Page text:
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June 4, 2021

Arizona clothes — what’s in a “brand”?

You probably already know that “State Forty Eight” is a brand of Arizona clothes. Our brand. But that’s not what this post is about, so if you want to see our stuff, go to our merchandise pages elsewhere on this site, then come back. We’ll wait.

Hey, glad you’re back! Hope you found something you like.

So like we said, State Forty Eight is the brand name of an Arizona clothing company. But some of us in SFE HQ were having a discussion the other day about just what that means — the “brand” part, not the “Arizona clothes” part. We all know that part really, really well.

Somebody in the office asked thoughtfully, staring into a still-swirling, just-stirred mug of coffee, “Just what does it mean to have a ‘brand’?” This question was a pretty transparent excuse to stand there chatting and working on that coffee mug rather than getting back to a desk and working on work. But y’know, it’s a good question. Particularly in a state that has much deeper roots with the concept of “brand” than a lot of the others.

So we did a little research on Arizona brands and found a fascinating presentation from the state Department of Agriculture: “A History of Arizona Livestock Brands.”

 

Arizona brands aren’t just for Arizona clothes

“Ah, clever wordplay,” you say, “pivoting from the contemporary meaning of Arizona clothes ‘brand’ to the agricultural.”

We appreciate the assumption of cleverness, but a pivot? No. Not really. We were surprised to learn that’s actually where the meaning of the word brand comes from.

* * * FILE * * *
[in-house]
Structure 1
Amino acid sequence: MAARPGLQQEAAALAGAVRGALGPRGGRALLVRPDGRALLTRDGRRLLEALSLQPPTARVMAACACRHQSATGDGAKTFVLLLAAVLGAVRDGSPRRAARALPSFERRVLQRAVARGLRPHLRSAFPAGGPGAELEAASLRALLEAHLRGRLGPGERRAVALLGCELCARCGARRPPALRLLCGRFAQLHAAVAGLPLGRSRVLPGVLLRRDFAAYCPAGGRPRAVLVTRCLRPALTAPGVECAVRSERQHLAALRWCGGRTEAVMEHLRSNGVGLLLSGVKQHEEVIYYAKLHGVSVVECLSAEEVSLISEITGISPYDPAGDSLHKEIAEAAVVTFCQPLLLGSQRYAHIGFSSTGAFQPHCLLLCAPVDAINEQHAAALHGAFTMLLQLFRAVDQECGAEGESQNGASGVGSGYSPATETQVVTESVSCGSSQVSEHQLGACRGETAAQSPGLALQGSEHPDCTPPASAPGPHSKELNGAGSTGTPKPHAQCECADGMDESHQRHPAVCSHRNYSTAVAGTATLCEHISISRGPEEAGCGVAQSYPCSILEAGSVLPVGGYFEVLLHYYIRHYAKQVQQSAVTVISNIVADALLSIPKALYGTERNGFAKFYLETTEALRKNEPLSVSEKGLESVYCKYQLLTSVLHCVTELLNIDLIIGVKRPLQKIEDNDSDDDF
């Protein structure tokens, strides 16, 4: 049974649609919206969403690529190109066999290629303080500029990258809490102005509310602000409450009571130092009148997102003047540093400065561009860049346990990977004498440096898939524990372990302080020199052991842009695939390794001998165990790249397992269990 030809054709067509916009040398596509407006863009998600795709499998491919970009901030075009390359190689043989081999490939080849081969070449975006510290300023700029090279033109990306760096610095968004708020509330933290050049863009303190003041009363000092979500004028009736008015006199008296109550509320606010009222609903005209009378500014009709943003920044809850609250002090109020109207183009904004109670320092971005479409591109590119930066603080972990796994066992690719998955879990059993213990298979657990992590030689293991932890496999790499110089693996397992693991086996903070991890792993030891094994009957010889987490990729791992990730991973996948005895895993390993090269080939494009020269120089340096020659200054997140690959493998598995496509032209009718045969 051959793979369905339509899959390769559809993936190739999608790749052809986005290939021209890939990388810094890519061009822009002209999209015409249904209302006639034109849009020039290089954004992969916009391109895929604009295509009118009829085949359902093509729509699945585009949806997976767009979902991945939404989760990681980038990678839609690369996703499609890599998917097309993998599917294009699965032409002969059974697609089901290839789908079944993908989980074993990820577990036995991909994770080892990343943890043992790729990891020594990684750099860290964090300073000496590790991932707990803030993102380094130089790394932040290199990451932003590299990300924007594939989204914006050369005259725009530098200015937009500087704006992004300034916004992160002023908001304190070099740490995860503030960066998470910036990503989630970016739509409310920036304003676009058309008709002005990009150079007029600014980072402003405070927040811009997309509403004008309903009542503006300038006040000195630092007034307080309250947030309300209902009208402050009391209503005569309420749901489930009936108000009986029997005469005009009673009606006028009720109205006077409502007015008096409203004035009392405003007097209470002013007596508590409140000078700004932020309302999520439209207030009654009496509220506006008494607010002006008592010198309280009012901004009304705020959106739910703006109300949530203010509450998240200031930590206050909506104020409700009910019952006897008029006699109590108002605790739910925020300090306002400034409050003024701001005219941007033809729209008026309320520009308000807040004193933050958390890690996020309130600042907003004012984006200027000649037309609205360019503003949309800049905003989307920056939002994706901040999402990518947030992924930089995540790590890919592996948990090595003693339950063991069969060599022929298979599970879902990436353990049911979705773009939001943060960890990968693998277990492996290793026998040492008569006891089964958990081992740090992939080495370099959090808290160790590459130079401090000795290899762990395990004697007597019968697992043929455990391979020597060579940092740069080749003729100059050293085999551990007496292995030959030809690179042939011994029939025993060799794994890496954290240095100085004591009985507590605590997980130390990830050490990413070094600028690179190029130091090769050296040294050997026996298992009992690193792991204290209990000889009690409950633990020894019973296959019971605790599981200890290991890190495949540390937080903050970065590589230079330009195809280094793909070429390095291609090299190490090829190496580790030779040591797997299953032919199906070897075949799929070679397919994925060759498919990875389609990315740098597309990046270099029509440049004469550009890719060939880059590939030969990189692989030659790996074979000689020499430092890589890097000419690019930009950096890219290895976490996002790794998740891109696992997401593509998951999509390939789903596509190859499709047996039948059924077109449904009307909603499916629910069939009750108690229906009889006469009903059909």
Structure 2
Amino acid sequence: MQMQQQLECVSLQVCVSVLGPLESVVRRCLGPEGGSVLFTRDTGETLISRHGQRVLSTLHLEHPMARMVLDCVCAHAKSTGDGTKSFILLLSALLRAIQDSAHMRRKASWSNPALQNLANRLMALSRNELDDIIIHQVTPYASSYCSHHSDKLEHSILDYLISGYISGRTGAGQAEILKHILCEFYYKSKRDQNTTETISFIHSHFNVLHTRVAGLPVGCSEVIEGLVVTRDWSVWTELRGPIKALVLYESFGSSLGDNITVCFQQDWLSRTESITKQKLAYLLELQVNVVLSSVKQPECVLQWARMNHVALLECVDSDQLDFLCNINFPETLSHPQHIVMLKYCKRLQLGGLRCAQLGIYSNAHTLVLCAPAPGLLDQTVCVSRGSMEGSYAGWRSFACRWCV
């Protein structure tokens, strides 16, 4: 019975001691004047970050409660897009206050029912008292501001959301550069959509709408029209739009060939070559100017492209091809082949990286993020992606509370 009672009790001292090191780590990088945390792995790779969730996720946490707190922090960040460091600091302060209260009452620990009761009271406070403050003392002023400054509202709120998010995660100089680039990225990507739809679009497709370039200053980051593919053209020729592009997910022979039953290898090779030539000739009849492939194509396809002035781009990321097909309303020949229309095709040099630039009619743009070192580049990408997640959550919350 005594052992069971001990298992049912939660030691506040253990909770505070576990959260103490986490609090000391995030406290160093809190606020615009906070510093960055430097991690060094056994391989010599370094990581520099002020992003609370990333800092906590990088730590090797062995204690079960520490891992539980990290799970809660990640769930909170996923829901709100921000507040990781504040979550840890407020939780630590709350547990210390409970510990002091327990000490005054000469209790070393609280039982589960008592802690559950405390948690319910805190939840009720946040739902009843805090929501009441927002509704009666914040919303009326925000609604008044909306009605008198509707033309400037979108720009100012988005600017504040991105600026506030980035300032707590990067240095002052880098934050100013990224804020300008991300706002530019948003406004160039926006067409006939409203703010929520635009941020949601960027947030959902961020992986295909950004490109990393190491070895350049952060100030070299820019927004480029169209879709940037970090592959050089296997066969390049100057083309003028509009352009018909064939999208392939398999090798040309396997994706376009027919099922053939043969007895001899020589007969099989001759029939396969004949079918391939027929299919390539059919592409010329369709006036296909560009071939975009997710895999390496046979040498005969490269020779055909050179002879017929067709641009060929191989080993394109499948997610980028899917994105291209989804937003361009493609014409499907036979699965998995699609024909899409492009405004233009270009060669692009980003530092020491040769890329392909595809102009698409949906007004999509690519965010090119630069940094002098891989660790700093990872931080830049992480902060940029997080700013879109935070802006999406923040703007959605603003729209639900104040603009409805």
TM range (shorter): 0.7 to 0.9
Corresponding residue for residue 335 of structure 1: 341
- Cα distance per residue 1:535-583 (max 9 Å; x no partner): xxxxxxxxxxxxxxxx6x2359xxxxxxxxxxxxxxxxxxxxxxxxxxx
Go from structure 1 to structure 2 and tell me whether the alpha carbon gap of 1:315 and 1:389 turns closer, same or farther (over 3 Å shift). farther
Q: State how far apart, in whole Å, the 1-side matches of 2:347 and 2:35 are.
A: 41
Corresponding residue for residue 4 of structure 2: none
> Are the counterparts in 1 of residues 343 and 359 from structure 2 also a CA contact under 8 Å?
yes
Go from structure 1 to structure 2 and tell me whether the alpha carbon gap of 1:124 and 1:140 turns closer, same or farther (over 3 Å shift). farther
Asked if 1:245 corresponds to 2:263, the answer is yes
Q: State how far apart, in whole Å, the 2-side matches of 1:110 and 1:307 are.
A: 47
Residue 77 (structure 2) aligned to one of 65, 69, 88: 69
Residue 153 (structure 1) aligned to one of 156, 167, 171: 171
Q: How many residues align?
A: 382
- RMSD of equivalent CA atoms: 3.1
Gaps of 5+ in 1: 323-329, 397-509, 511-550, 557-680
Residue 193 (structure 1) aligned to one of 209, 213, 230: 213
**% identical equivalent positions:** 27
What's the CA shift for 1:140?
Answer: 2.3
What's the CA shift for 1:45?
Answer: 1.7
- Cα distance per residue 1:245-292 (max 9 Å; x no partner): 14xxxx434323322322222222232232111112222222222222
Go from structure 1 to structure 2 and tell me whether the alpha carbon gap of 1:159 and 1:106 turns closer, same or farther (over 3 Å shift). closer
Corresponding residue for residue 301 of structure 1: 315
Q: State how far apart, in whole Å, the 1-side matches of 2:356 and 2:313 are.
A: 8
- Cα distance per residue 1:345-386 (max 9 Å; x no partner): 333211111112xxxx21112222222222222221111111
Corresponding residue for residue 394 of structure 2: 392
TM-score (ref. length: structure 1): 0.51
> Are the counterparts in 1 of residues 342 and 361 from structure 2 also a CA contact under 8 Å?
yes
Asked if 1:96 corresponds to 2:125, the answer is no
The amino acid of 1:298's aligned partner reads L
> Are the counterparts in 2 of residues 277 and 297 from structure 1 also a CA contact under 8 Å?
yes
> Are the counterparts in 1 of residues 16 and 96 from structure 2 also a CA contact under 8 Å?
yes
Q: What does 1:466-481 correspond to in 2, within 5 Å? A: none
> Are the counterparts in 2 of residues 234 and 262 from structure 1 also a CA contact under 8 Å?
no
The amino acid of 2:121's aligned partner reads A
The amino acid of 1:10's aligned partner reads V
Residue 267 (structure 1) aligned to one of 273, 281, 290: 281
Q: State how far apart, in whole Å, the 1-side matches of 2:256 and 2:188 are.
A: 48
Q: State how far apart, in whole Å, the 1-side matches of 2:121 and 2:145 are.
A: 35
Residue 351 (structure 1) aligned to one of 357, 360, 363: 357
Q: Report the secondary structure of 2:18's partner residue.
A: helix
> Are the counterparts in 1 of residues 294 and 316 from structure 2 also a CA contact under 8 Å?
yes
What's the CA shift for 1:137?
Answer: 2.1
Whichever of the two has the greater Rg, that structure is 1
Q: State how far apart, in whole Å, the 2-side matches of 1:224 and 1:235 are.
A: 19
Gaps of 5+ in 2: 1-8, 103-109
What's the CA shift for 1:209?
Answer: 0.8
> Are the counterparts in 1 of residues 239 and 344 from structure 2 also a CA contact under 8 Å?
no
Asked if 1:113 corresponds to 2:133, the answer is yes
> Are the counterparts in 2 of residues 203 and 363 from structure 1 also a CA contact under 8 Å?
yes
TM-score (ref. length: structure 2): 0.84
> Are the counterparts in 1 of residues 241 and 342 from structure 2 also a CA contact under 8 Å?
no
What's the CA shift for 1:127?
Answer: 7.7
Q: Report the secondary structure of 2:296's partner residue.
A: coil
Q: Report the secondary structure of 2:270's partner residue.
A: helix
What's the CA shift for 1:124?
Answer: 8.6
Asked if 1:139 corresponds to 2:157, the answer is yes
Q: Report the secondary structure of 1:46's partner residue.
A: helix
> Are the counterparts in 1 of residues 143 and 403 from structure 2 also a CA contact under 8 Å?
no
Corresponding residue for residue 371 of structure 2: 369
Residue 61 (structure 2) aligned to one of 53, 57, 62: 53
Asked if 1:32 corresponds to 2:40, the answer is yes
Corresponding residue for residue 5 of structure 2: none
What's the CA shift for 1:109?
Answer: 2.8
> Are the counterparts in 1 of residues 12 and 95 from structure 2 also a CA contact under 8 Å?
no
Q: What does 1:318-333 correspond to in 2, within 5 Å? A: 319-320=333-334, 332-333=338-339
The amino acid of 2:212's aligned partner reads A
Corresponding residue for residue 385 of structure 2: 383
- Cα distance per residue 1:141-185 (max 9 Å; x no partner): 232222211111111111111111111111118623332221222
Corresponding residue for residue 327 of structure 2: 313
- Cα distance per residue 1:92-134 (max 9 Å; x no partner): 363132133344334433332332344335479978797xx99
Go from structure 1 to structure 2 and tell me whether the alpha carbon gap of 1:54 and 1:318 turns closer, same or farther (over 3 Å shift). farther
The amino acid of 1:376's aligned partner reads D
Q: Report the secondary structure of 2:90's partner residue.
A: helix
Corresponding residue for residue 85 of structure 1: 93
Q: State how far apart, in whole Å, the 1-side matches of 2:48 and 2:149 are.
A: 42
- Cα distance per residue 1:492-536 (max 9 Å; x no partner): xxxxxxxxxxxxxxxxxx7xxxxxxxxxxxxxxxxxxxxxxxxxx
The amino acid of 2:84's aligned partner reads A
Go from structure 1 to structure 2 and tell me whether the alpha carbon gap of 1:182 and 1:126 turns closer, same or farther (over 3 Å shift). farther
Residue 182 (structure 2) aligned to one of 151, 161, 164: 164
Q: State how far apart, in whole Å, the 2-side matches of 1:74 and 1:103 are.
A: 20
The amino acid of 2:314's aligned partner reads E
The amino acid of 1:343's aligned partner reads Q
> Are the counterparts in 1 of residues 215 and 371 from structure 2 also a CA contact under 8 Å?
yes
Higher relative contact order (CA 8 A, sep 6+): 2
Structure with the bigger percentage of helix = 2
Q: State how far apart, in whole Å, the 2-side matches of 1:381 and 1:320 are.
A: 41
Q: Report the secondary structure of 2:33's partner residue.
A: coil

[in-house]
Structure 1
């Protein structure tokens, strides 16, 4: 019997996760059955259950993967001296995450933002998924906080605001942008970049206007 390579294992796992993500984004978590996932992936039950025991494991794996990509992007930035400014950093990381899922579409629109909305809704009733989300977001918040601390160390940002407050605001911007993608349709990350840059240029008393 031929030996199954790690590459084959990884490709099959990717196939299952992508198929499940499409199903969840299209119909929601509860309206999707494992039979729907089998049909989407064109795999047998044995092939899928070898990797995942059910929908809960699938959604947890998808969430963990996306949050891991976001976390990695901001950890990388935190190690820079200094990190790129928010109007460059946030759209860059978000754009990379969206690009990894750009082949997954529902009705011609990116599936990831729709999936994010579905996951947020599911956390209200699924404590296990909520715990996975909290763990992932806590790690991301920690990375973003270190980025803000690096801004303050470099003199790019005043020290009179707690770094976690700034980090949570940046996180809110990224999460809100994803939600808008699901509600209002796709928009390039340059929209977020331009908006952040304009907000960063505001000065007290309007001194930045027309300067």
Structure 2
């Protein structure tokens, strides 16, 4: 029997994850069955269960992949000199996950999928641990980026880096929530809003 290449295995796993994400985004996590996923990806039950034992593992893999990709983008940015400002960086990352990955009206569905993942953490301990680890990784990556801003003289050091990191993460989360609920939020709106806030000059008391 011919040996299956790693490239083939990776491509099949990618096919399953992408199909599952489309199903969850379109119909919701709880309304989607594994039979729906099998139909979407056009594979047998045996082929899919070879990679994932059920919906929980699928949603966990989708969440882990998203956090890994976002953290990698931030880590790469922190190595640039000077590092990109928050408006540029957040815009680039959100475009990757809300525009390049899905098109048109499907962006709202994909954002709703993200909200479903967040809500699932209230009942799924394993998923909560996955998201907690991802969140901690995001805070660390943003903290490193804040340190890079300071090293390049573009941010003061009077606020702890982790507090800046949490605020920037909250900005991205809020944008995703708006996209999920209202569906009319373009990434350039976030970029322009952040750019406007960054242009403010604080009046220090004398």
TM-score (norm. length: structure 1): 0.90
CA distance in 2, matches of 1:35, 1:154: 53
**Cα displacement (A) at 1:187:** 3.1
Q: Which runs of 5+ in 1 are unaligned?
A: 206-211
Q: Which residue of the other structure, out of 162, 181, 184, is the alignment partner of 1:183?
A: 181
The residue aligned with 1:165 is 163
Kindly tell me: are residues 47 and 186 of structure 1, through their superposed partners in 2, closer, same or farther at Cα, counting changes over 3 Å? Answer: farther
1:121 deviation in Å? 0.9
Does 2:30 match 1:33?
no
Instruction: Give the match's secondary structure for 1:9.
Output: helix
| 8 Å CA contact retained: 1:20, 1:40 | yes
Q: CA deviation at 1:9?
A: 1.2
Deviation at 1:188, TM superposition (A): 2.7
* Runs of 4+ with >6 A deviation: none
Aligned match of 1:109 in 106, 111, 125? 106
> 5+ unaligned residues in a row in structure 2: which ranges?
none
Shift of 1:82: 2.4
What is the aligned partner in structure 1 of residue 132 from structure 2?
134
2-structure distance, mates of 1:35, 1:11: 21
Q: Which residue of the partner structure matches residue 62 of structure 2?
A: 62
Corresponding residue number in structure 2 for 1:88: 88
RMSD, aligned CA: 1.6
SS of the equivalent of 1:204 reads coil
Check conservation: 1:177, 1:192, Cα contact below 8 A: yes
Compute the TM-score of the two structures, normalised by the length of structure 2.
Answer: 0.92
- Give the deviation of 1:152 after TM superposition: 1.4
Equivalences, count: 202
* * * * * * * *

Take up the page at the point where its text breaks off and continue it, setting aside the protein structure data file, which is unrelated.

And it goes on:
If you’ve ever watched a western movie that includes lots of cows among the cast of extras you’ve probably seen branding in action. It’s kind of like you getting a tattoo, with a few differences:

  • It’s over much faster, but …
  • It’s gotta hurt a lot more. (We’ll be honest, we don’t like to watch those parts.)
  • It doesn’t come with color choices.
  • If it turns out bad the other cows don’t laugh.
  • While you might choose to get a tattoo on your calf, a calf would not choose to get branded.

What those cowpokes knew as a brand was that smoking logo (that must have smelled awful) done with a “branding iron.” But the original meaning of “brand” was the thing that made the mark — according to Merriam-Webster, “pieces of wood set burning at the fire, perhaps for use as a light or a weapon.”

Or, in Egypt of about 4,700 years ago, marking cattle to prove ownership. The brands looked different — they used hieroglyphics — and the cows looked different, too, mostly because they were oxen. But that’s when the burning stick and the mark it left started to mean the same thing.

 

What Arizona cows should be wearing